Tim writes: Sabine’s Gulls are fairly a tough gull to see. They breed within the excessive arctic however migrate south after breeding to spend the winter at sea off the continental cabinets within the southern hemisphere. Within the Atlantic they primarily winter off southern Africa and South America. They’re solely sometimes seen from land, normally when storms have blown them inshore. They’re hardly ever seen in Britain in spring, however a couple of hundred are recorded yearly in autumn, normally August to November. I photographed this juvenile which has spent a number of days within the Mersey Estuary in mid-September. The bushes within the background aren’t one thing normally seen in Sabine’s Gull pictures.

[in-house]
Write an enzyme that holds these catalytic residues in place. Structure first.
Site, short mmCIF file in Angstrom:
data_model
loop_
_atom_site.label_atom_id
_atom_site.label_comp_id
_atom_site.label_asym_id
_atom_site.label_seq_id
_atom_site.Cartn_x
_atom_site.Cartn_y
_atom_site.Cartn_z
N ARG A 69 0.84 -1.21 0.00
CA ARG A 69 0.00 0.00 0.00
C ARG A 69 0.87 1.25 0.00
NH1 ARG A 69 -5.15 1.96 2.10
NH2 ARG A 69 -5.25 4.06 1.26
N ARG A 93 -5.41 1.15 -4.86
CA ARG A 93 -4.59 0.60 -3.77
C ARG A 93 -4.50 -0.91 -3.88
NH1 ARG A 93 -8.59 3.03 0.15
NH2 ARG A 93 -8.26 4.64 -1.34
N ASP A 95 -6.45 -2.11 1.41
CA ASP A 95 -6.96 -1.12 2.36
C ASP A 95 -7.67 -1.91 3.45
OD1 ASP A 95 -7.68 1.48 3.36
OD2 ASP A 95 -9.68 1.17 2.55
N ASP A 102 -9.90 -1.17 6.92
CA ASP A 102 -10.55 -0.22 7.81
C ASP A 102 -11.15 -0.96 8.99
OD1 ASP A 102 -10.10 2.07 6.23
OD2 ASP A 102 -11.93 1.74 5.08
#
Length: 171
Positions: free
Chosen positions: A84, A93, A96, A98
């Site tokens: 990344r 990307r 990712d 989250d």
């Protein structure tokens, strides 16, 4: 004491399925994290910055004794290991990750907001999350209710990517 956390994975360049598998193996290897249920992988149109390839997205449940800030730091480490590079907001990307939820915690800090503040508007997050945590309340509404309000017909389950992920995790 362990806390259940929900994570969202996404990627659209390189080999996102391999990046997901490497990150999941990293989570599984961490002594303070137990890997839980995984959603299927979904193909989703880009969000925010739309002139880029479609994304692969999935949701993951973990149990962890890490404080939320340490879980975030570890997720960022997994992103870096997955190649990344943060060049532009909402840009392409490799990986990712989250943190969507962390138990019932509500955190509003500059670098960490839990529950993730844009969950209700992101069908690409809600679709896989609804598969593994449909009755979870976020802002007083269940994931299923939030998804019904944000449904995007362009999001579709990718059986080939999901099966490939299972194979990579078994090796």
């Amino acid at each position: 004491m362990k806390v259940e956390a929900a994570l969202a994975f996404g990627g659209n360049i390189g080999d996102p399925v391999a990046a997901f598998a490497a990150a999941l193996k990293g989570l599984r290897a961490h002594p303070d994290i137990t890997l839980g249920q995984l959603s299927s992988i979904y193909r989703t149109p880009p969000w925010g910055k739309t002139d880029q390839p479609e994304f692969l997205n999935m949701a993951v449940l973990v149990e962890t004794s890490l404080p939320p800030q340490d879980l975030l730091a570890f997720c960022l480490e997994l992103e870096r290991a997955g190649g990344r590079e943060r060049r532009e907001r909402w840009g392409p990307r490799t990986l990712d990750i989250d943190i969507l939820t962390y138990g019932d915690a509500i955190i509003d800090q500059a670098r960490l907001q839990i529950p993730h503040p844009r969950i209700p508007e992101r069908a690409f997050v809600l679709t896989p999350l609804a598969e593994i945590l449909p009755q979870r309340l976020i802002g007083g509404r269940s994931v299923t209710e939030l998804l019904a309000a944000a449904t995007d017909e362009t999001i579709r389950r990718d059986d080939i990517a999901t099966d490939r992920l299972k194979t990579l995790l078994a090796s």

The three triangle sample on its wings is extremely distinctive. Additionally they have a forked tail seen right here which is accentuated by the juvenile black tail band. It’s presently positioned in a genus (Xema) all by itself. However quite unexpectedly molecular knowledge suggests its closest relative is the Ivory Gull, which additionally breeds within the excessive Arctic however appears nothing like this. The identify commemorates Edward Sabine who found the gull in 1818 whereas attempting to find the North West Passage (a route excessive of Canada that reaches the Pacific). He despatched the specimen to his brother Joseph who named it in honour of his brother. You can’t identify a species after your self however naming it after your brother kind of circumvents this rule. Joseph referred to as it Larus sabinii however a 12 months later William Leach (of Leach’s Petrel fame) named it Xema sabinii. Xema is only a made up phrase by a museum taxonomist who was having problem discovering a reputation that had not been used earlier than.